September 30, 2008 / 5:46 PM / 9 years ago

Prepare for the inevitable: higher taxes

WASHINGTON (Reuters) - Amid all of the financial and economic uncertainty in the world today, there is one sure thing: Your taxes are going to go up. You can take that to the bank.

Even before the kabillion-dollar bailout proposed by Washington, the Federal government was spending $400 billion more every year than it was taking in. Figure in aging baby boomers signing up for Social Security -- and a few years after that, Medicare -- and there's no way to start closing that chasm other than by raising taxes.

Even George H.W. "Read My Lips" Bush saw that writing on the wall and raised taxes during his presidency.

"Congress will raise taxes regardless of who wins the presidential election," said Janine Racanelli, of J.P. Morgan Private Bank.

The good news about all the bad news is that it offers taxpayers a little bit of time to prepare. Here are some actions to take before the end of the year:

-- Sell losers. If you haven't done it yet, this is a good time to dump any stocks or mutual fund shares that you have lost money on. You can cancel out any capital gains on winning investments with the losses you reap and use an additional $3,000 of losses to offset ordinary income.

If you have bigger losses than that, they will carry forward and offset your income in 2009 and beyond, until you've used up all of your losses. Caveats: Do not buy back the same securities you sell within 30 days of selling them, or you will not be able to deduct the losses. And don't bother doing this in your retirement account, you can't take those losses.

-- Sell winners too. If you've got a big gain in a stock you want to sell, this might be as good a time as any to do that. Capital gains rates are as low as they have been in 30 years, and there is some pressure to increase them.

-- Reposition your portfolio. You can use the current climate and the capital loss rules to move high tax investments into your retirement account and take low tax investments out, suggests Christopher Parr, with advisory firm Financial Advantage Inc. in Columbia, Maryland. He calls investments like real estate investment trusts and bond funds "tax-ugly" because they throw off high, fully taxable dividends. Sell them while they are beaten down if you hold them in taxable accounts, he said. Then buy similar investments (or wait 31 days and buy the same fund back) in your IRA or 401(k).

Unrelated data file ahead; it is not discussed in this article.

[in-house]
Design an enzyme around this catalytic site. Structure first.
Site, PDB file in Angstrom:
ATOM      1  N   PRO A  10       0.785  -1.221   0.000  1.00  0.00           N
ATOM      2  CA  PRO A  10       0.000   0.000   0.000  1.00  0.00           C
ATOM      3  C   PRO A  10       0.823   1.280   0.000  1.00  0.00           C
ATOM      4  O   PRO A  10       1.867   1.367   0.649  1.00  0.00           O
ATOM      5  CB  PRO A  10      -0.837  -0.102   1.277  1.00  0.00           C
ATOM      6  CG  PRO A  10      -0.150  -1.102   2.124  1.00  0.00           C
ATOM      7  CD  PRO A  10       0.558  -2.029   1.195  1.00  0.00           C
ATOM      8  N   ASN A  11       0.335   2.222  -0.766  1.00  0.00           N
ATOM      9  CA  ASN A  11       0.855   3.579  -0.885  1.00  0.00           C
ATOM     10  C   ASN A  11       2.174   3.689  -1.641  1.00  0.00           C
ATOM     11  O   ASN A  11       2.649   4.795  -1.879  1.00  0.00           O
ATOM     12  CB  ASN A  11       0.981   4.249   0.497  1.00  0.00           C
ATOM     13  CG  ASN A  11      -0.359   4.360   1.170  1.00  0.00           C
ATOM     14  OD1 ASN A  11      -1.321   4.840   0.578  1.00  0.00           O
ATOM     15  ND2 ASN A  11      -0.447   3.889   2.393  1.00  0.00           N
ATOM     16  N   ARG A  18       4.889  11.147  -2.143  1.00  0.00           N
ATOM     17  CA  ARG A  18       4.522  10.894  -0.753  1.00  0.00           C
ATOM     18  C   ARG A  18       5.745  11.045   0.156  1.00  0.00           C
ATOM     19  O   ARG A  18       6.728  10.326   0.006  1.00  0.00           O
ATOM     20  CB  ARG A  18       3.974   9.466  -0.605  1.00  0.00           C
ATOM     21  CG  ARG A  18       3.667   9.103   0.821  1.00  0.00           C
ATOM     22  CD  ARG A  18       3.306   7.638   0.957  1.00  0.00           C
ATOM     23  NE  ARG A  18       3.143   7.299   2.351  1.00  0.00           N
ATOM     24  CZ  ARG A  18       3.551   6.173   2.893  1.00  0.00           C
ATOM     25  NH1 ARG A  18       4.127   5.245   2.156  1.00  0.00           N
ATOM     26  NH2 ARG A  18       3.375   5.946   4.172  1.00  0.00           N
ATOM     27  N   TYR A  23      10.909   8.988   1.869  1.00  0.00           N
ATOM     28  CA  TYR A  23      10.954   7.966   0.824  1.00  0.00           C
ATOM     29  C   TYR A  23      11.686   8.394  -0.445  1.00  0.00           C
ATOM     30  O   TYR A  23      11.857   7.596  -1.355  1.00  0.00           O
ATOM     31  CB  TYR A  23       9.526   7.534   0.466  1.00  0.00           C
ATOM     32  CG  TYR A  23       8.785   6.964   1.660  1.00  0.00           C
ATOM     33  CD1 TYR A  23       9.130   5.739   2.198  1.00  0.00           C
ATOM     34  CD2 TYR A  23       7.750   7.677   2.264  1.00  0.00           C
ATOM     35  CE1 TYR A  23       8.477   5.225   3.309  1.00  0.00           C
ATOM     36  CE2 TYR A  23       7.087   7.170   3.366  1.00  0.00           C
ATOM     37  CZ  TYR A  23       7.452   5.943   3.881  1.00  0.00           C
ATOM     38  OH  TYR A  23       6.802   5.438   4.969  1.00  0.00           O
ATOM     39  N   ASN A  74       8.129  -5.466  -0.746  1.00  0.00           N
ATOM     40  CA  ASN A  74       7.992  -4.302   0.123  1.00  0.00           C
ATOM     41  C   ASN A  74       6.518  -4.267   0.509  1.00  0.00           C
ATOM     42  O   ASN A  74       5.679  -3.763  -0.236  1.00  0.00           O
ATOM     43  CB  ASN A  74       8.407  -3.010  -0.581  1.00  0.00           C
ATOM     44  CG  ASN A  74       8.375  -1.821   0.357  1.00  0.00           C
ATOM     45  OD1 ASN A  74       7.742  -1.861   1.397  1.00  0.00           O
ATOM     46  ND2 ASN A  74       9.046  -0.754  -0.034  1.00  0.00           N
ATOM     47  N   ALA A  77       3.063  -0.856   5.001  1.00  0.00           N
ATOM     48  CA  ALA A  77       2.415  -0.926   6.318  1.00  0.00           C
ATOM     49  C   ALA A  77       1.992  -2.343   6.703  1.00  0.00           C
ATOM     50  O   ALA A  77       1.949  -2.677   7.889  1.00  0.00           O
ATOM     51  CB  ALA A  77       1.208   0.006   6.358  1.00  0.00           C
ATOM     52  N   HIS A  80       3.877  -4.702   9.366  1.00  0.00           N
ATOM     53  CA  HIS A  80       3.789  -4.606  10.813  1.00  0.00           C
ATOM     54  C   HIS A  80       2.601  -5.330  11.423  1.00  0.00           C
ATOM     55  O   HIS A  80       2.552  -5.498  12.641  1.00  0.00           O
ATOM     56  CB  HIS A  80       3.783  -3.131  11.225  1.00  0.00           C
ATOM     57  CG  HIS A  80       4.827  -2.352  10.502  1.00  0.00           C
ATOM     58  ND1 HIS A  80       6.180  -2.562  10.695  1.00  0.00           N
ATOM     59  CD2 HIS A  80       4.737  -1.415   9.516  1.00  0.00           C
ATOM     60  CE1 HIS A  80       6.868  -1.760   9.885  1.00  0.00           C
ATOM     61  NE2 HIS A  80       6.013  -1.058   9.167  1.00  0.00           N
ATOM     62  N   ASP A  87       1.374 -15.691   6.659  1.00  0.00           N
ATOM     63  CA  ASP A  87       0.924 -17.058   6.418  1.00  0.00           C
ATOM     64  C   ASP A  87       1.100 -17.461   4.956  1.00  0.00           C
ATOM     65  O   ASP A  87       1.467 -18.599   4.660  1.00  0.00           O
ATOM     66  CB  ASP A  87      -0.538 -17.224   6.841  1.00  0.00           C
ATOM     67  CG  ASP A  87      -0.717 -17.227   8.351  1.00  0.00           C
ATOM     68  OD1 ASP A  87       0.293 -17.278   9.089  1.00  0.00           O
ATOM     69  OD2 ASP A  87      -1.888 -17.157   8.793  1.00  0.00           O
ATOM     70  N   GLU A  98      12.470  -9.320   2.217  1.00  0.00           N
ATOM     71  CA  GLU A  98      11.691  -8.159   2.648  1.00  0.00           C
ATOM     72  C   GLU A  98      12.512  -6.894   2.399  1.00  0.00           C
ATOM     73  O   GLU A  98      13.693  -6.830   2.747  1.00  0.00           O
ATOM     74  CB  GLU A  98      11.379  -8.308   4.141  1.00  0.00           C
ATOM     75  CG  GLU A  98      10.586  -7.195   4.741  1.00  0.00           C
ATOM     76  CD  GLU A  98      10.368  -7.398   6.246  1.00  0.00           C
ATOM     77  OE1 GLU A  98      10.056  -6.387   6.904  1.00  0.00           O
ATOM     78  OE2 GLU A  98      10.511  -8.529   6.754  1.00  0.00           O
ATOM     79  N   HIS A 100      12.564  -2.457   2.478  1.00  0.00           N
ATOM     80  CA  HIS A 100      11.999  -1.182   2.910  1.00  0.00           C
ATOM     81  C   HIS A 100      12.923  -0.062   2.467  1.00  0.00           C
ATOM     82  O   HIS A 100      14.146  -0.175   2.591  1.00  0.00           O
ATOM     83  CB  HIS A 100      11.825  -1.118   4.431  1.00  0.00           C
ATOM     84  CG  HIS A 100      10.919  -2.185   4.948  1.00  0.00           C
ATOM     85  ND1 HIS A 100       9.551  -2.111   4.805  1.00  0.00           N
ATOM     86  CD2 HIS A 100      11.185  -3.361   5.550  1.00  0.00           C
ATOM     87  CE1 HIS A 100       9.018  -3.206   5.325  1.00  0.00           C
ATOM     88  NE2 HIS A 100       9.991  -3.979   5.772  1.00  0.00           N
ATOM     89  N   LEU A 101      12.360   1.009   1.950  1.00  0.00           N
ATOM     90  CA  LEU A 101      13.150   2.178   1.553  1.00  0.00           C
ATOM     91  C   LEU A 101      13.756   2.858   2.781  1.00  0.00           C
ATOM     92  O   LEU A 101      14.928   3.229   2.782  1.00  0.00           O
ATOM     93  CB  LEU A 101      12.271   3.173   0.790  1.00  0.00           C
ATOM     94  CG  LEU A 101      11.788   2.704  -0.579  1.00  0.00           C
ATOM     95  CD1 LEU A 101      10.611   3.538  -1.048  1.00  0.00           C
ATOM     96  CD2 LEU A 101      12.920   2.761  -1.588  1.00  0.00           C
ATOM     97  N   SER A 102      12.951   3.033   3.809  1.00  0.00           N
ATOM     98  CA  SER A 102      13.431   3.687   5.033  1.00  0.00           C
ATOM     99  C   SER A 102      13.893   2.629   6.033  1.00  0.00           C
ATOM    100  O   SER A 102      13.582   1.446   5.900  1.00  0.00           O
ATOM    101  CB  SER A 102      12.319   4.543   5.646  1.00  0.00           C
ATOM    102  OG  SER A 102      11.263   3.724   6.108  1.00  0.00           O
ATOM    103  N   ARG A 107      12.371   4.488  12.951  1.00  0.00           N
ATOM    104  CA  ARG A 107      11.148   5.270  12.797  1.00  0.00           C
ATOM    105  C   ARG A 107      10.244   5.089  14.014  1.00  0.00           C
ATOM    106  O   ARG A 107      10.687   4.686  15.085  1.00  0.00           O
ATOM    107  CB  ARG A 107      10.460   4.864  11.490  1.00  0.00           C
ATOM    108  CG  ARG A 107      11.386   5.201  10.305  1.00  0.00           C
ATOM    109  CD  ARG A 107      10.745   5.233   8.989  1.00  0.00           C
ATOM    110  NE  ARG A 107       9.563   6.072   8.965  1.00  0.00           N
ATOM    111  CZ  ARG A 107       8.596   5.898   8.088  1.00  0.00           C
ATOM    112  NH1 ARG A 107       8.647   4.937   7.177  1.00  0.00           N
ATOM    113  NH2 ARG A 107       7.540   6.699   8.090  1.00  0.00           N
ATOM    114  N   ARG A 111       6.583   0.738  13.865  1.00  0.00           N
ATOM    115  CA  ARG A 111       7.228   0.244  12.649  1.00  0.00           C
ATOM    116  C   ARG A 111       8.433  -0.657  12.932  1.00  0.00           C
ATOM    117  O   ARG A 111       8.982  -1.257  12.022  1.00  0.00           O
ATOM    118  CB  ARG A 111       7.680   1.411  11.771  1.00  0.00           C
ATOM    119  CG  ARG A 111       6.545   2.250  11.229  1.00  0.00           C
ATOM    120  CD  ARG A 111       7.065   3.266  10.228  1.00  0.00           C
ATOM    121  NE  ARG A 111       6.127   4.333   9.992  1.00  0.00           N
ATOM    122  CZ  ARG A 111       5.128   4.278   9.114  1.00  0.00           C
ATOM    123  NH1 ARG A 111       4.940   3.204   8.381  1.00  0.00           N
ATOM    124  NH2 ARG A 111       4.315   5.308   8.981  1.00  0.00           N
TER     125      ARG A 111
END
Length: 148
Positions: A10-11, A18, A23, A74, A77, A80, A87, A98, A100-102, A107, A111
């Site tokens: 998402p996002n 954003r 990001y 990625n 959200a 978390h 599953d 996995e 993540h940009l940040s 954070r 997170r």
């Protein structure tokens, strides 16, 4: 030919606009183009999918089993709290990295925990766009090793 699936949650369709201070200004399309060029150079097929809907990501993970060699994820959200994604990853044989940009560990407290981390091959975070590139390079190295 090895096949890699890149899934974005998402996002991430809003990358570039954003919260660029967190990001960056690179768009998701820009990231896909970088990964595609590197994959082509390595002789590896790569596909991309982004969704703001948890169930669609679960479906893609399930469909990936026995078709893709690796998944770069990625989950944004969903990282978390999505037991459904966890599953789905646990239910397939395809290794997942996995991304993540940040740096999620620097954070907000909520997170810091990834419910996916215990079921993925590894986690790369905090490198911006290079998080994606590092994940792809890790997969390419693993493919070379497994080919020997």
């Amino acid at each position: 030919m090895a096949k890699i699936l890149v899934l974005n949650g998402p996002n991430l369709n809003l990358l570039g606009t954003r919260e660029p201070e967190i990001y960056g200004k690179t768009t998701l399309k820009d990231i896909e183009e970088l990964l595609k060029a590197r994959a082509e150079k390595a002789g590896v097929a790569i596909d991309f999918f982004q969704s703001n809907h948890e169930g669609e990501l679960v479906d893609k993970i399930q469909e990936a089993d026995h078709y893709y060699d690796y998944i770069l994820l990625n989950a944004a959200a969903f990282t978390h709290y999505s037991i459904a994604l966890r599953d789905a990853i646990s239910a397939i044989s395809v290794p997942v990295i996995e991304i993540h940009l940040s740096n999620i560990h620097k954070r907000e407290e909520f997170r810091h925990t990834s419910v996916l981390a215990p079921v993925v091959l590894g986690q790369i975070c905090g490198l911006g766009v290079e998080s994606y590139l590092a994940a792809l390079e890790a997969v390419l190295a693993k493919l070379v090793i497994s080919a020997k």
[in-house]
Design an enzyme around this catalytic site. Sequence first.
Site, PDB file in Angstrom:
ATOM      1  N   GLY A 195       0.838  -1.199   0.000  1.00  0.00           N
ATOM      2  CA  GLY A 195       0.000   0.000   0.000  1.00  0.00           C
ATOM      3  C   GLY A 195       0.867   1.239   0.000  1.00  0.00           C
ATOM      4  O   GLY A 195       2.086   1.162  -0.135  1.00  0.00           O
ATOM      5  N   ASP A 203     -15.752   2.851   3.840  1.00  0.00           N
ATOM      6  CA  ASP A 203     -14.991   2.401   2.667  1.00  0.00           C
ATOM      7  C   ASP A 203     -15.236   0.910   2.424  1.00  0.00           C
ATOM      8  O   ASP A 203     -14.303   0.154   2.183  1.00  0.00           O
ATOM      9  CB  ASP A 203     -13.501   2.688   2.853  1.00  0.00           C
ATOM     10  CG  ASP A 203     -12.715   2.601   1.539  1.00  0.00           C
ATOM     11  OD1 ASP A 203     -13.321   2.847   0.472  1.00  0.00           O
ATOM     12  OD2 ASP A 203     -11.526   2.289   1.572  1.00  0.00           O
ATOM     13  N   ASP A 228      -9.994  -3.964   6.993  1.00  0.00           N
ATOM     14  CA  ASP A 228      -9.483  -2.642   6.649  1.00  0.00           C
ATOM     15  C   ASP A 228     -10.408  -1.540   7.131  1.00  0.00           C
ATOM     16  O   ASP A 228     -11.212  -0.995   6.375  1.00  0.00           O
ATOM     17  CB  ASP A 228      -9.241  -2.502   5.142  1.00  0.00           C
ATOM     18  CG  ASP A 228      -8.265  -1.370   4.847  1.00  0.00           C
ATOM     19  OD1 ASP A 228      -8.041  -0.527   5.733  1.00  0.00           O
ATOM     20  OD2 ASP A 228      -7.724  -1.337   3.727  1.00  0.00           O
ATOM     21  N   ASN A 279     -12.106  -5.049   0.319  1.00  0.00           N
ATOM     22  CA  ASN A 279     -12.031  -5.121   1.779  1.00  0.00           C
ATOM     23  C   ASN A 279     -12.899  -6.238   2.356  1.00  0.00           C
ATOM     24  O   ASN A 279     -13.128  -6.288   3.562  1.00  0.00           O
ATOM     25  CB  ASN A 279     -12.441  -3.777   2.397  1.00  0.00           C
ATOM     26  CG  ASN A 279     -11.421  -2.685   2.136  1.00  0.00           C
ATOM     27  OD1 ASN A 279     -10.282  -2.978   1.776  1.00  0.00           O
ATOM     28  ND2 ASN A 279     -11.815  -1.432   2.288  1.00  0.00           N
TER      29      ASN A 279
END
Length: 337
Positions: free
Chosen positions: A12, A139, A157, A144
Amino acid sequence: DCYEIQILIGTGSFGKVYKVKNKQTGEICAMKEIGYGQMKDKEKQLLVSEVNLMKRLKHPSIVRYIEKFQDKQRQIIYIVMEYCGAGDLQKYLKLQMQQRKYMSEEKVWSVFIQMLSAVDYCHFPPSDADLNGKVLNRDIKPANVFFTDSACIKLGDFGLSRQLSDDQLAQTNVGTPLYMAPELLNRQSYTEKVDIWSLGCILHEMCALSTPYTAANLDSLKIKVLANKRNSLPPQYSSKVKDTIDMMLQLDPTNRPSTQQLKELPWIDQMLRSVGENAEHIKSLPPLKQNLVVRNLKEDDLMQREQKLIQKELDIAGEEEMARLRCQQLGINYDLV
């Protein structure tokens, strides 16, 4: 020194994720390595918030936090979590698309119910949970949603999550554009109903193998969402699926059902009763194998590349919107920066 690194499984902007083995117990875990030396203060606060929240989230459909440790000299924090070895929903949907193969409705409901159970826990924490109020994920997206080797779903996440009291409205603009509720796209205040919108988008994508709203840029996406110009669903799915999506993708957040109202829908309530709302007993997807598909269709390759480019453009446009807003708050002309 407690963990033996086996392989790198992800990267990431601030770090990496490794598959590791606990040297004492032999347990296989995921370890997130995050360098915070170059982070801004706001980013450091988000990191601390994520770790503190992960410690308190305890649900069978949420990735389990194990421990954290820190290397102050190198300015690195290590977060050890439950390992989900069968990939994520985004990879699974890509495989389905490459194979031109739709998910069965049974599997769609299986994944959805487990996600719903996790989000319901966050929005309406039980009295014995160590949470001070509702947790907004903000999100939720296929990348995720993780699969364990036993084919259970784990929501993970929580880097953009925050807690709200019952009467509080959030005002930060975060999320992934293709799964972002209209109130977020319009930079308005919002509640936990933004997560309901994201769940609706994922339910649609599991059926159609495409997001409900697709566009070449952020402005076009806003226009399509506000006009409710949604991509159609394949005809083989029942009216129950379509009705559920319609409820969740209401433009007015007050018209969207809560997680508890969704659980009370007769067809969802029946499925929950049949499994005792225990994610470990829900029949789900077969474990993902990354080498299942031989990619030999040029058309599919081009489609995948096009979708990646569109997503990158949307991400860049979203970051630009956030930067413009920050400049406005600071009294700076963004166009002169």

-- Feed tax-free plans first. If you have a health-care savings account, make your maximum annual contribution to that before you salt money away in a tax-deferred IRA or 401(k) plan. Think seriously about putting more money into your Roth IRA, even if it means putting less in your tax-deferred IRA or 401(k) plan. By the time you retire, your tax rate on money coming out of those tax-deferred accounts could well be higher than they are now.

-- Consider investing in municipal bonds. They are currently paying their highest rates in six years. With local and state governments facing their own deficits, they will be raising taxes too. A triple tax-free muni fund -- one that exempts its interest from federal, state and local taxes -- can be a good bet for those in high tax brackets. To figure out if it's worth it for you, you can use the calculator at the TIAA-CREF web site, here

-- Look at the advantages of converting your tax-deferred IRA into a Roth IRA. You'll pay income taxes on that, but if you are having a bad year, that could limit the blow in two ways. If your personal earnings are down, your tax rate could be lower now than it will be in the future. And if the investments in the account are beaten down, your tax hit on them will not be as high as if you had waited for them to recover, and then made the move.

-- Watch that space. Once Washington starts writing tax legislation, ideas will be flying all over the place. A McCain tax hike will look different from an Obama tax increase. On November 4, you can pick your poison.

(Linda Stern is a freelance writer. Any opinions in the column are solely those of Ms. Stern. You can e-mail her at lindastern(at)aol.com)

Editing by Maureen Bavdek

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